This is the reality, my friends. This is the reality of what being a Christian is like. Paul is trying to show that it is because God has purposed it that way. It achieves His ends. I think about the sovereignty of God and the suffering and I would say suffering is for our good and His glory. Then, I thought about it (I ran out of space on your notes). His glory is our good. Is that not right? His glory is our good. So, whatever it is that brings glory to God is what is good for us and we can bask in that. And, suffering is a part of that in our lives which brings glory to Him.
Prophecy and prayer. Is it not interesting that He knows what is going to take place? In a sense, verses 5-10 are a description of what is going to happen at the second coming. He knows that God is going to sanctify His church and glorify Himself in it, but then in verses 11 and 12, He turns around and prays for the things which He has already said are going to happen.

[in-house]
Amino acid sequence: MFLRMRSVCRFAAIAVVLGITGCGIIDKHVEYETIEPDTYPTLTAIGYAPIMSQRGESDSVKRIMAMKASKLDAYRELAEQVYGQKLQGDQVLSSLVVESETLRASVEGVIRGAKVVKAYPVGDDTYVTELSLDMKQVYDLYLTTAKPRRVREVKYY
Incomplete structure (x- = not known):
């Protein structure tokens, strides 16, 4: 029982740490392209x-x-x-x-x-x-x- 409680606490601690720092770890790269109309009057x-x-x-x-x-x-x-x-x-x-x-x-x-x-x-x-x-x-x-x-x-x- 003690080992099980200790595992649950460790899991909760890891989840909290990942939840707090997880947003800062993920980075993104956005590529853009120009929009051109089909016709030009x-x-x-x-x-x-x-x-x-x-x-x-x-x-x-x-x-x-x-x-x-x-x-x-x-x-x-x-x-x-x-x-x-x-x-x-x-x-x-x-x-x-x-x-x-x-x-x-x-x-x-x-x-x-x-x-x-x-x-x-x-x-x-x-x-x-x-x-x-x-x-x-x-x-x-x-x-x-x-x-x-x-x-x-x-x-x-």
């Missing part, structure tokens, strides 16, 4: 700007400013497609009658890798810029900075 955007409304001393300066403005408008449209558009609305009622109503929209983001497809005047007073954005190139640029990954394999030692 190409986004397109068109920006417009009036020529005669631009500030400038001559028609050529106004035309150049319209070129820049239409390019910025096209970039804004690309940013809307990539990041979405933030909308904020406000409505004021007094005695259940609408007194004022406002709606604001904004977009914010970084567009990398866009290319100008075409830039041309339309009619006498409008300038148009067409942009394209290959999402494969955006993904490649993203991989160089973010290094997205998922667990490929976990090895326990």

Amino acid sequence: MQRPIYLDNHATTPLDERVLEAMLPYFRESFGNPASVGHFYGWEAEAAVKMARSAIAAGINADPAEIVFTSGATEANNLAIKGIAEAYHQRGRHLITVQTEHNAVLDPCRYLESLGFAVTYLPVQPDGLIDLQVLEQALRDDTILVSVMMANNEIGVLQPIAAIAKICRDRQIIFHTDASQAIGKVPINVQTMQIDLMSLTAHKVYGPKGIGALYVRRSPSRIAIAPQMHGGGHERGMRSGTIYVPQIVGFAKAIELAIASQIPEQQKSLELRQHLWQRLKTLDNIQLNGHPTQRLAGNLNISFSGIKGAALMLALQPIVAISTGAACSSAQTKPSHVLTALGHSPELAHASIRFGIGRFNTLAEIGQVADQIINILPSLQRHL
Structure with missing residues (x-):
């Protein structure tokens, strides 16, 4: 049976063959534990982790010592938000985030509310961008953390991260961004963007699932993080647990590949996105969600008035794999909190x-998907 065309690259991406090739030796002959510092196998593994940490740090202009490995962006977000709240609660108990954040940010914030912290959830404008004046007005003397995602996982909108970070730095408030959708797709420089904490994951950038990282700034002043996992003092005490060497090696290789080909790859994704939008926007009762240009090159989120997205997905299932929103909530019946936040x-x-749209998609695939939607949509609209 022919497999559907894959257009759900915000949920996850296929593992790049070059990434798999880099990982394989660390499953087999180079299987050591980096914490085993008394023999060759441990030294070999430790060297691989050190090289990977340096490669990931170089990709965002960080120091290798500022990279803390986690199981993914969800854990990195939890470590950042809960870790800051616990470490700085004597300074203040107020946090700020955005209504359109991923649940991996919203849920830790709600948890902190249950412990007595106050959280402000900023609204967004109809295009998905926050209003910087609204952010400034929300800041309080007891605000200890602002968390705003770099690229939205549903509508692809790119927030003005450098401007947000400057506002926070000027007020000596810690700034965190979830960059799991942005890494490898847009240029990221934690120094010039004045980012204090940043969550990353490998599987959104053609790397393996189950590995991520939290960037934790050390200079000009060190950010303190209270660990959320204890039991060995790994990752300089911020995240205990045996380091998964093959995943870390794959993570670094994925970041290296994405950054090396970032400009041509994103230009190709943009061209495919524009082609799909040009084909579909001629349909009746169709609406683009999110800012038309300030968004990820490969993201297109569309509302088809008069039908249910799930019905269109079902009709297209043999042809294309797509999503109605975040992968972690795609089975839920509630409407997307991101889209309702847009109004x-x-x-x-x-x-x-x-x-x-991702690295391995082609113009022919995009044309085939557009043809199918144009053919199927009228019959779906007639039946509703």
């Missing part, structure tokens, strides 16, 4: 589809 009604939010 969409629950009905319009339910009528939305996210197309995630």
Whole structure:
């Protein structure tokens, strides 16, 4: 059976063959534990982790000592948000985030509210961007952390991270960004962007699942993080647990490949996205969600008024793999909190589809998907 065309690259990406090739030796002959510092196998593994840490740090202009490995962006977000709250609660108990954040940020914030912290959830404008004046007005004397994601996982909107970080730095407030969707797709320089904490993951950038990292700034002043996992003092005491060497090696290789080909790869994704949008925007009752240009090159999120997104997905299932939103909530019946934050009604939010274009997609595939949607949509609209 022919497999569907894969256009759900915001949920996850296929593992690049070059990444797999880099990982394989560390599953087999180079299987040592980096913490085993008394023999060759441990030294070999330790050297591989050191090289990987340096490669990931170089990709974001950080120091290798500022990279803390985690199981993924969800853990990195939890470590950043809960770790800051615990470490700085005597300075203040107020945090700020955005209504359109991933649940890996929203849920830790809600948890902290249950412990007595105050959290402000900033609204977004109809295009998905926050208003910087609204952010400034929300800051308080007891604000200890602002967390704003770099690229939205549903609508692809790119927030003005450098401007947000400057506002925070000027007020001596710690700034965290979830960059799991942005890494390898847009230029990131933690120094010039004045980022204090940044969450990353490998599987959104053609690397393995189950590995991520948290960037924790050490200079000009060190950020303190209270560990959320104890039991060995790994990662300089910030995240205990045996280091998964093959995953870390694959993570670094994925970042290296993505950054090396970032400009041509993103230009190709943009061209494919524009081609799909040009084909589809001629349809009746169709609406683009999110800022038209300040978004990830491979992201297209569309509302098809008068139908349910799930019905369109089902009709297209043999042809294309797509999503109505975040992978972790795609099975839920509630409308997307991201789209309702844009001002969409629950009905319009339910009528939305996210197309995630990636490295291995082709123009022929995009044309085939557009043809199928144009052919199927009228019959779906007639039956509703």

A lot of people would say “why waste your breath? God already knows. God has already purposed. Prophecy and the awareness of what God is set to do and will, undoubtedly and invariably, do without any difference between His plan and the outworking, is set in stone.” Yet, that becomes the basis for our prayers.
Now, the classic illustration in the Old Testament would be Daniel 9. Here is Daniel reading Jeremiah’s prophecy and he understands that the 70 years is going to be the time of the captivity. Daniel knows what the future holds. That prompts him to pray that God will do exactly that. Anybody who says God does not answer my prayers, maybe they should start praying for that which He has assured them is going to happen, rather than what they would like to happen. That is exactly what Paul is doing here and it is what we should be doing.